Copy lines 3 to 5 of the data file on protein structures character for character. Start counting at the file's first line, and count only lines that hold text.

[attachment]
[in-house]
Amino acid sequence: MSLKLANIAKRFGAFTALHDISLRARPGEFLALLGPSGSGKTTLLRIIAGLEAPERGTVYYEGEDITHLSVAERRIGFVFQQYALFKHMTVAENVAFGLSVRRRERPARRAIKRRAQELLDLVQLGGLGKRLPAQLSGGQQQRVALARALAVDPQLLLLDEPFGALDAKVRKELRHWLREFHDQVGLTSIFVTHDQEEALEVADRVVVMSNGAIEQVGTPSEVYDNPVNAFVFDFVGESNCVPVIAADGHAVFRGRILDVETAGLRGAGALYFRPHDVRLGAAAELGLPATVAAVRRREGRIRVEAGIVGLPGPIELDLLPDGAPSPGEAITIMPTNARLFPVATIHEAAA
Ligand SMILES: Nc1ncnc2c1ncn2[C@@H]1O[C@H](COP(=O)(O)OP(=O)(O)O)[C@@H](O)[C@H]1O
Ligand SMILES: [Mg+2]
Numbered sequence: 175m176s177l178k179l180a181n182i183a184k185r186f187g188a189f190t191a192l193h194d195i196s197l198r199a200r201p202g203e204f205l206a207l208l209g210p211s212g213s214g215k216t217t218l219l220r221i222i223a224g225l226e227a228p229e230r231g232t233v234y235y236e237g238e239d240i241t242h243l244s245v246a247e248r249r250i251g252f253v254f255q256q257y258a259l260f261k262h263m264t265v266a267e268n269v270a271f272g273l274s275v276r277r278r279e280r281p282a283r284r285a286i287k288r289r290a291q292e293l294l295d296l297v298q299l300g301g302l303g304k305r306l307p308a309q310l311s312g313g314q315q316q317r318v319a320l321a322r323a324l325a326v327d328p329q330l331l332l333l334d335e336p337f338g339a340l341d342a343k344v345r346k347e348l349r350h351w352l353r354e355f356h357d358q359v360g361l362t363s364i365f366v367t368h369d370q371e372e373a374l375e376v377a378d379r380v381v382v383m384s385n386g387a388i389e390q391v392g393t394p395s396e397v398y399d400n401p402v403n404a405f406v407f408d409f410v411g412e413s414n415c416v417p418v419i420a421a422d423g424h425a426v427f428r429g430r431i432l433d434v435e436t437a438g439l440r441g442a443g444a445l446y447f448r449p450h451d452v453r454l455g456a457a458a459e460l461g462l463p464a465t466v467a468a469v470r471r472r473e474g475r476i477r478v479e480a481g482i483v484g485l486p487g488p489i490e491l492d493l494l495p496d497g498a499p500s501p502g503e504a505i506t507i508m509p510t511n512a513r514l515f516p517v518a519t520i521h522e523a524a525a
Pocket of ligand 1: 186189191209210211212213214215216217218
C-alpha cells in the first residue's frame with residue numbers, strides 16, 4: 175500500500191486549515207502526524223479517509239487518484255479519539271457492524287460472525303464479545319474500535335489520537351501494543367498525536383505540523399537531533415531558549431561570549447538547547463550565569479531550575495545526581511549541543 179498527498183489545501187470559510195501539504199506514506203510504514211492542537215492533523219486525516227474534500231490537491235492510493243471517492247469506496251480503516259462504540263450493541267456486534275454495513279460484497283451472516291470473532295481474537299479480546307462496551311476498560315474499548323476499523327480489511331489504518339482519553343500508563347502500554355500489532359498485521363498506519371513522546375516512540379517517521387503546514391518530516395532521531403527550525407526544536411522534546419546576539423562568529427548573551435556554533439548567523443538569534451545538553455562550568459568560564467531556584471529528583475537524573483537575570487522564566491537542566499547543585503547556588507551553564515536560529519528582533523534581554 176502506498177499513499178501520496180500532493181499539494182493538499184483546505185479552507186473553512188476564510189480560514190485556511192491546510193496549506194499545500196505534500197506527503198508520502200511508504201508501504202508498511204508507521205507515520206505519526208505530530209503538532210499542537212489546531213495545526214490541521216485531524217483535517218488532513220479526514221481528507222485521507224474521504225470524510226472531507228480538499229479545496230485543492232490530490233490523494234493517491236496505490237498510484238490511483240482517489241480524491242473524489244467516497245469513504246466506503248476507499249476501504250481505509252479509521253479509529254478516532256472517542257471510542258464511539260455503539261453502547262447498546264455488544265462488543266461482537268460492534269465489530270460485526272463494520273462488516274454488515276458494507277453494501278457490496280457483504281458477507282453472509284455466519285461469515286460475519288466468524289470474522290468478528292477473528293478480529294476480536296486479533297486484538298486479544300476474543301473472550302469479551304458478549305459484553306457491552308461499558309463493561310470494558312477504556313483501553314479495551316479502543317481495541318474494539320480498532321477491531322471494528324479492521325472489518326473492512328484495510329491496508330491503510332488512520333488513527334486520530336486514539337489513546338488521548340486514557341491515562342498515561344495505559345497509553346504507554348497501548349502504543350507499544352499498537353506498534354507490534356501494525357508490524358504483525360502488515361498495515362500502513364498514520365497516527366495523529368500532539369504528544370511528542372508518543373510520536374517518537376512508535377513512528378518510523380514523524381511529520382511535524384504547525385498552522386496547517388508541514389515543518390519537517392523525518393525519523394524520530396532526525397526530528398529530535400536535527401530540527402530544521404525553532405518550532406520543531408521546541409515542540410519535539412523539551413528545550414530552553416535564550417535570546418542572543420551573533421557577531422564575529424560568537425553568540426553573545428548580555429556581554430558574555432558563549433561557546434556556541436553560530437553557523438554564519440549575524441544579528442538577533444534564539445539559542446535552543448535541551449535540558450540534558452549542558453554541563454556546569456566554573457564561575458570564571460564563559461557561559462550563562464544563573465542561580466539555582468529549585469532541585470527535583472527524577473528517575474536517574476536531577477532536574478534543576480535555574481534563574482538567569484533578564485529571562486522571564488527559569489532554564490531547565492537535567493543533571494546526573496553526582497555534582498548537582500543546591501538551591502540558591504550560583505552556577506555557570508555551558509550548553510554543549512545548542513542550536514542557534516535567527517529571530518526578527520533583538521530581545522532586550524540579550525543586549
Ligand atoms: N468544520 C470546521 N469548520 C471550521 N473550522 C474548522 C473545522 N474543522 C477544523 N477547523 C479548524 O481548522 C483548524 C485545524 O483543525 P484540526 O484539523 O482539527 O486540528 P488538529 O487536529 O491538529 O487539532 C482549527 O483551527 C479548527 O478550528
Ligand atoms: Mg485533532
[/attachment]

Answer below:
Ligand SMILES: Nc1ncnc2c1ncn2[C@@H]1O[C@H](COP(=O)(O)OP(=O)(O)O)[C@@H](O)[C@H]1O
Ligand SMILES: [Mg+2]
Numbered sequence: 175m176s177l178k179l180a181n182i183a184k185r186f187g188a189f190t191a192l193h194d195i196s197l198r199a200r201p202g203e204f205l206a207l208l209g210p211s212g213s214g215k216t217t218l219l220r221i222i223a224g225l226e227a228p229e230r231g232t233v234y235y236e237g238e239d240i241t242h243l244s245v246a247e248r249r250i251g252f253v254f255q256q257y258a259l260f261k262h263m264t265v266a267e268n269v270a271f272g273l274s275v276r277r278r279e280r281p282a283r284r285a286i287k288r289r290a291q292e293l294l295d296l297v298q299l300g301g302l303g304k305r306l307p308a309q310l311s312g313g314q315q316q317r318v319a320l321a322r323a324l325a326v327d328p329q330l331l332l333l334d335e336p337f338g339a340l341d342a343k344v345r346k347e348l349r350h351w352l353r354e355f356h357d358q359v360g361l362t363s364i365f366v367t368h369d370q371e372e373a374l375e376v377a378d379r380v381v382v383m384s385n386g387a388i389e390q391v392g393t394p395s396e397v398y399d400n401p402v403n404a405f406v407f408d409f410v411g412e413s414n415c416v417p418v419i420a421a422d423g424h425a426v427f428r429g430r431i432l433d434v435e436t437a438g439l440r441g442a443g444a445l446y447f448r449p450h451d452v453r454l455g456a457a458a459e460l461g462l463p464a465t466v467a468a469v470r471r472r473e474g475r476i477r478v479e480a481g482i483v484g485l486p487g488p489i490e491l492d493l494l495p496d497g498a499p500s501p502g503e504a505i506t507i508m509p510t511n512a513r514l515f516p517v518a519t520i521h522e523a524a525a